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How mobile are your shoulders?


Your shoulders are the joints with the greatest range of motion, allowing you to move your arms in different directions. However, especially through sitting, the shoulders tend to get stiff and can lose their mobility overtime. This not only leads to chronic pain and built up tension but can also negatively impact your technique during exercises such as jumping jacks, push ups and pullups. Just because you don’t feel any pain in your shoulders, this doesn’t mean they are as mobile as they should be. Don’t wait until it’s too late. Take the shoulder mobility test and find out in just 2 minutes how healthy your shoulder joints really are.

First things first: The anatomy of your shoulders

Before we test the mobility of your shoulders, it’s important to understand why they need to stay flexible. In comparison to other joints, our shoulders are much more unstable, enabling us to move our arms and hands into many different directions. Each movement requires a number of muscles and ligaments to work together. That’s why, when talking about training your shoulder muscles, we actually mean not only one but a whole series of muscles. The main group makes up the so-called rotator cuff with it’s S.I.T.S. muscles: the supraspinatus, infraspinatus, teres minor, and subscapularis. Sounds very scientific doesn’t it? That’s because it is - but at the same time, the role these muscles play can easily be explained when thinking about the movements of your shoulders and arms:

  • The supraspinatus is involved when lifting your arms and holding them out to the side.
  • The infraspinatus comes into play when you rotate your arms outwards.
  • The teres minor is also involved in the process of rotating your arms outwards but also needed when bending your arms.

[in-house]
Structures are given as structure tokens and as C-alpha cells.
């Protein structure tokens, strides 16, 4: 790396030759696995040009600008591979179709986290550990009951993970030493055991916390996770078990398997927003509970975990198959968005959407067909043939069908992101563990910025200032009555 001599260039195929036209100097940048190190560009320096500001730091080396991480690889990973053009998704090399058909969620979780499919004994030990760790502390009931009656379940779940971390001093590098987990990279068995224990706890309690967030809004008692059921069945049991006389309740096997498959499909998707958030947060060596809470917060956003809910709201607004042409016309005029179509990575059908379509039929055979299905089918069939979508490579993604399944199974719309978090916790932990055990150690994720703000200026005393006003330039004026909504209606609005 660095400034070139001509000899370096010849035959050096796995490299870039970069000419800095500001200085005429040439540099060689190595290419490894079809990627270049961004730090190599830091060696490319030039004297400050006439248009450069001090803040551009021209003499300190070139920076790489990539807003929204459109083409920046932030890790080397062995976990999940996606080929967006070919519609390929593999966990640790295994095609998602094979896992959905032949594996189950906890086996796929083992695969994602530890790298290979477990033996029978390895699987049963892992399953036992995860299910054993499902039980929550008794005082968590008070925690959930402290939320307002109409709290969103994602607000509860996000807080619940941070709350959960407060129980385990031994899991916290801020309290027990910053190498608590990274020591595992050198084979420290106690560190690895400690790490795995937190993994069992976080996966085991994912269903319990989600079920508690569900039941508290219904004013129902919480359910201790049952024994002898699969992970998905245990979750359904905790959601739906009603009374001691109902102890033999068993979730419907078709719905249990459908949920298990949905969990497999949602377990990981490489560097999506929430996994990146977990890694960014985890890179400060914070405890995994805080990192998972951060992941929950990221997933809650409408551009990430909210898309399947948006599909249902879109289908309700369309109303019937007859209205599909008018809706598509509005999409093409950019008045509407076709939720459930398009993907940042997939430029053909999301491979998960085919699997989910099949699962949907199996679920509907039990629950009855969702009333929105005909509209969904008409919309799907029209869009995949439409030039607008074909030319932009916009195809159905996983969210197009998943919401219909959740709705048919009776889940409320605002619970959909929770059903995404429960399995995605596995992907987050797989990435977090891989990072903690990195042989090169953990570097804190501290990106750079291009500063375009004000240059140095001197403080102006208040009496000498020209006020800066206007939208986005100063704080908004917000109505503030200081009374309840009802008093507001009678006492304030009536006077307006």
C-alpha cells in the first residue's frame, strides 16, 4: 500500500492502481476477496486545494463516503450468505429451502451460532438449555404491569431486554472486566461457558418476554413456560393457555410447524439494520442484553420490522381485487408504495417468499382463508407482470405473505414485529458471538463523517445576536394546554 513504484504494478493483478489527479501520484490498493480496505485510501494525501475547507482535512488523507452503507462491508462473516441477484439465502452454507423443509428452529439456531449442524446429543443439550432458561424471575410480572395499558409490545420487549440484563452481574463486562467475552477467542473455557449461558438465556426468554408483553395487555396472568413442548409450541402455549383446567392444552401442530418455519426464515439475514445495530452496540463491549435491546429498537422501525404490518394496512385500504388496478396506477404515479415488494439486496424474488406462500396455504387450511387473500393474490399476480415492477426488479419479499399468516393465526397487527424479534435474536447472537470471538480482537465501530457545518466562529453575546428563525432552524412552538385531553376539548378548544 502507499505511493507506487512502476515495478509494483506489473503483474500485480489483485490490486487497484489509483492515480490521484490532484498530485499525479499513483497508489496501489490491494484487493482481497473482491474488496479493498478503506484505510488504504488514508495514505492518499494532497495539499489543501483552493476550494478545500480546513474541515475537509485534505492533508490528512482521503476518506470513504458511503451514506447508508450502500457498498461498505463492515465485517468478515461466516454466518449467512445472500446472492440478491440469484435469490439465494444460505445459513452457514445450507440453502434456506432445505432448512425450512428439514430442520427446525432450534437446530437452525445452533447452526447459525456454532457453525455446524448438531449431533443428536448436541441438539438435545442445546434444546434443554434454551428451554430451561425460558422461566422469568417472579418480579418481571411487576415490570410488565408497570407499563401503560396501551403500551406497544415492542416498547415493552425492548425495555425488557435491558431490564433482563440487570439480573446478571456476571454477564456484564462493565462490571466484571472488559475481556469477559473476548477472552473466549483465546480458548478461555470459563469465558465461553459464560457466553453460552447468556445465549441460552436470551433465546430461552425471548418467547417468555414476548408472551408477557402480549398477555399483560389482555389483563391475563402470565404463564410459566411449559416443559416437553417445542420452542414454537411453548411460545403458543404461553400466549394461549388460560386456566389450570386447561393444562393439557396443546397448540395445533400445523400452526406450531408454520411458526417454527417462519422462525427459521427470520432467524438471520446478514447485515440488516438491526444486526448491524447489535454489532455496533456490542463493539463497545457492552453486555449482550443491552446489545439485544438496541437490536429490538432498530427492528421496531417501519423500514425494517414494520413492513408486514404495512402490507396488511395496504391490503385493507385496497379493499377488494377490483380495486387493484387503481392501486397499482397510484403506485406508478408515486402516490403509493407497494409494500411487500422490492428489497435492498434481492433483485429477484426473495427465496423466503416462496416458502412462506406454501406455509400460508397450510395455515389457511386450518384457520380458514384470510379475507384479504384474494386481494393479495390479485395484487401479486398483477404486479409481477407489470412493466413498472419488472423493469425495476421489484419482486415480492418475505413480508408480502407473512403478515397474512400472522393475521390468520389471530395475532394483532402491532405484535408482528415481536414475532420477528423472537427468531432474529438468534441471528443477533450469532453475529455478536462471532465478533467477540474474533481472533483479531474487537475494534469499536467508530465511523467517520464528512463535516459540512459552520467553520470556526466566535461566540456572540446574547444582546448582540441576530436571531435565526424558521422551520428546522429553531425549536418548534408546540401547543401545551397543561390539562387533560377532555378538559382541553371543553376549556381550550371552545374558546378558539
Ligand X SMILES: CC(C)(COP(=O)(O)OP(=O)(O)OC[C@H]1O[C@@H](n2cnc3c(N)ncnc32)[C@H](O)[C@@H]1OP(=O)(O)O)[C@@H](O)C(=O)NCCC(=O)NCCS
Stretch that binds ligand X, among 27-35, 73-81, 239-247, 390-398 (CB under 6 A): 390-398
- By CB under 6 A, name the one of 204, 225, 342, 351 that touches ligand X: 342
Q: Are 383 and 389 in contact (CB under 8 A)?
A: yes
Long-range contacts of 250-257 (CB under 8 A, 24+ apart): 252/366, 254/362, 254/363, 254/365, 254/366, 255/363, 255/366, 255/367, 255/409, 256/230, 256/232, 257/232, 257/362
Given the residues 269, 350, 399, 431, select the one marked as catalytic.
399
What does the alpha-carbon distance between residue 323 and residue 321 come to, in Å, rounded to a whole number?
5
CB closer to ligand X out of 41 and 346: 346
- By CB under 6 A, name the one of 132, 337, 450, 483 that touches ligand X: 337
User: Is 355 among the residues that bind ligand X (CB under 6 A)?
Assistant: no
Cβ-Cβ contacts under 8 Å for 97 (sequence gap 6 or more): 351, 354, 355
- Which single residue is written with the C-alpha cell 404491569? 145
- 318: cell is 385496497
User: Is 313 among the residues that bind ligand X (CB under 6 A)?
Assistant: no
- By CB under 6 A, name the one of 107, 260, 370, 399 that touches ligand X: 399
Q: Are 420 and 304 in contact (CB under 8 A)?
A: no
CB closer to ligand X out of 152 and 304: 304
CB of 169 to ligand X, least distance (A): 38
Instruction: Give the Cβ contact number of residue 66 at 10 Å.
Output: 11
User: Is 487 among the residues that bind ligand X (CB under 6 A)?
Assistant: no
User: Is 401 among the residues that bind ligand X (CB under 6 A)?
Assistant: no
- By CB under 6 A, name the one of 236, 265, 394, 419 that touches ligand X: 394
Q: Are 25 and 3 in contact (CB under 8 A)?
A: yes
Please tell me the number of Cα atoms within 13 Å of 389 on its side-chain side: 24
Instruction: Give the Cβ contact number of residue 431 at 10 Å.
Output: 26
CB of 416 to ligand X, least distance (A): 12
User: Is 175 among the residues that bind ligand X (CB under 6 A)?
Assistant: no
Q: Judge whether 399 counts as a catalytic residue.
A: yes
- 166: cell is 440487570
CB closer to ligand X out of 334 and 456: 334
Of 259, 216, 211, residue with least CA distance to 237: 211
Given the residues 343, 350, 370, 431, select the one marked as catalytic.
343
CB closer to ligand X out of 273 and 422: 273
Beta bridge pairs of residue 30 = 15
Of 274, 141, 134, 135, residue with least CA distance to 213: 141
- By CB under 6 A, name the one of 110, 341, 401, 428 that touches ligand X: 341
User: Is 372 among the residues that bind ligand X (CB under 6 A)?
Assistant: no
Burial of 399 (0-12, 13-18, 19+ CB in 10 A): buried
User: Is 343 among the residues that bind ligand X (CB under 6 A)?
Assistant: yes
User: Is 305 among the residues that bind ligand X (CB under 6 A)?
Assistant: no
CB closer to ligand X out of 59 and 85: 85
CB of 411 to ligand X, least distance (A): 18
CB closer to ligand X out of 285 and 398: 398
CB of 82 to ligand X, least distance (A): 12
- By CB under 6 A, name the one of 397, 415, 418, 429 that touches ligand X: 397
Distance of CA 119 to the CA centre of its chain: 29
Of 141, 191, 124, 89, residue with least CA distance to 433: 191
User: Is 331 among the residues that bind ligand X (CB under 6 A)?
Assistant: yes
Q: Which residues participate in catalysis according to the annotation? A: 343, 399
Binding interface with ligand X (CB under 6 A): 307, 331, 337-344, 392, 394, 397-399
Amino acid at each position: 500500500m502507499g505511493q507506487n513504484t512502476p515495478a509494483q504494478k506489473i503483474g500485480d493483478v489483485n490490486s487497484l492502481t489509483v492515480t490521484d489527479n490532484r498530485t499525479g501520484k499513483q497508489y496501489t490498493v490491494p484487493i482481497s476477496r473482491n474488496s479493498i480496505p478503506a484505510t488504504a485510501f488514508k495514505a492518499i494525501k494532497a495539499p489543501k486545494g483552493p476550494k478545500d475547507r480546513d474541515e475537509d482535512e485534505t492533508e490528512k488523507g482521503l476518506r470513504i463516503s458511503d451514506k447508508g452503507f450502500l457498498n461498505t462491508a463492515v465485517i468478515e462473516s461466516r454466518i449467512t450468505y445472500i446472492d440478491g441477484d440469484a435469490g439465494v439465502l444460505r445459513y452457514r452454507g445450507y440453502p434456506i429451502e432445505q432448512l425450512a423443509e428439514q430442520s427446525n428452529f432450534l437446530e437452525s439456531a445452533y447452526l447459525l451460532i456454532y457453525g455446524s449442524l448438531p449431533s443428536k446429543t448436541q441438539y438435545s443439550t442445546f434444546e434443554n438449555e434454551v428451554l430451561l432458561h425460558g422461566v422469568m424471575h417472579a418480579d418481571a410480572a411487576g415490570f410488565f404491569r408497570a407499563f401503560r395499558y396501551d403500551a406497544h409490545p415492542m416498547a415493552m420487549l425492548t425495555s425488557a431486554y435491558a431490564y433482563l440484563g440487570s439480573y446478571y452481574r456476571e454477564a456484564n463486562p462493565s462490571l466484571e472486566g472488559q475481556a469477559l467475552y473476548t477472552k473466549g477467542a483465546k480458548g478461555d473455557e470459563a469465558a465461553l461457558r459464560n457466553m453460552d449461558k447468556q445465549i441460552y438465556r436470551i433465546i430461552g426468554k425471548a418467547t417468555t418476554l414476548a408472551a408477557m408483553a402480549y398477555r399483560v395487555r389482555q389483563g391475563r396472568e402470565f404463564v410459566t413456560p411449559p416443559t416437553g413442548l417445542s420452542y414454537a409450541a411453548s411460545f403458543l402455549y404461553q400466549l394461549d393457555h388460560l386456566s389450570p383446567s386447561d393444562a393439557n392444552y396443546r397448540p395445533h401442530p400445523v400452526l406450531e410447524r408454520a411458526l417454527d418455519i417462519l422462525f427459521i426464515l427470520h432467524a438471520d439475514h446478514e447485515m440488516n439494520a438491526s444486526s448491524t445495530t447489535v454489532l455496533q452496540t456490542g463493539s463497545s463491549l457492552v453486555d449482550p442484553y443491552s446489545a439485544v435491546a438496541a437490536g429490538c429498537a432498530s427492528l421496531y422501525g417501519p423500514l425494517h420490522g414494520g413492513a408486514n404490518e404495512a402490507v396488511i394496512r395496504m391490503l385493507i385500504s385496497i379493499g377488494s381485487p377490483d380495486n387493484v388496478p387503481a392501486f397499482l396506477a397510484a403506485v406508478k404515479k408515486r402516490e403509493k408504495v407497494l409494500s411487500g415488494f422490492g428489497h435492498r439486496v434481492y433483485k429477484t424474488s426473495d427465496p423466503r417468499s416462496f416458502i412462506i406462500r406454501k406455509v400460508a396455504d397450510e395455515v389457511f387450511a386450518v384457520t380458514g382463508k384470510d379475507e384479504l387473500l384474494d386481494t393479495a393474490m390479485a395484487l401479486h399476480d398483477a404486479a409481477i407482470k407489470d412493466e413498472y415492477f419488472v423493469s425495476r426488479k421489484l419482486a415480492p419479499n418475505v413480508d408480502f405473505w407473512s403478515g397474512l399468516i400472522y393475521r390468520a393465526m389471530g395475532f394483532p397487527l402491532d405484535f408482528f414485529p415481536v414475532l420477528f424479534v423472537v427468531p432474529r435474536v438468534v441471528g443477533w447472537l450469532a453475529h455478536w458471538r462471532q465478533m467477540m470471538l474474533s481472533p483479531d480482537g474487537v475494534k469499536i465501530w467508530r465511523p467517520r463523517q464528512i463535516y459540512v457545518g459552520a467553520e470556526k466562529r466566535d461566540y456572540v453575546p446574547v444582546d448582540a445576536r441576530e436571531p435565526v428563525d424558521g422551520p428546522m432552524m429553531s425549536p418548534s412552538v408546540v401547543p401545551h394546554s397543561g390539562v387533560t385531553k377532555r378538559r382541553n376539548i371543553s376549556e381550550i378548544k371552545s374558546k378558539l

• The subscapularis is activated when you brace your arms, lift them to the front or rotate them inwards.

As you can see, the shoulder is quite a complex joint and as it is involved in so many different movements and exercises. Even the movements you don’t think require your shoulder joint, most likely do. Take front squats for example: just a leg exercise, right? Ever lift your arms in front of your chest during a squat? It’s your shoulder joint that allows you to do so. Pretty much every Freeletics exercises requires you to move your arms, that’s why it’s essential to maintain full flexibility in your shoulder joint and test it on a regular basis.

Measure your mobility: The 2-minute test

Now you know how important shoulder mobility is, it’s time to put yours to the test. Here’s what to do:


  • Stand in an upright position and raise your right arm.
  • Once your arm is in one line with your leg, bend your right elbow so that your hand touches your neck or back with your palm down.
  • Next, bring your left hand to your spine and let it rest with your palm up.
  • In the last step, try to bring your fingers together as close as possible.

If your shoulders are as flexible as they should be, you are able to overlap your fingers or at least touch them. The wider the distance between them, the more you should work on improving your shoulder mobility.

Don’t wish for it, work for it - smoothen your shoulders

Can’t touch your hands behind your back? Then it’s time to mobilise your shoulders! How? Always warm up and cool down properly when training and dedicate some time to working on your shoulder mobility on a regular basis. Trust us, you’ll see a difference soon.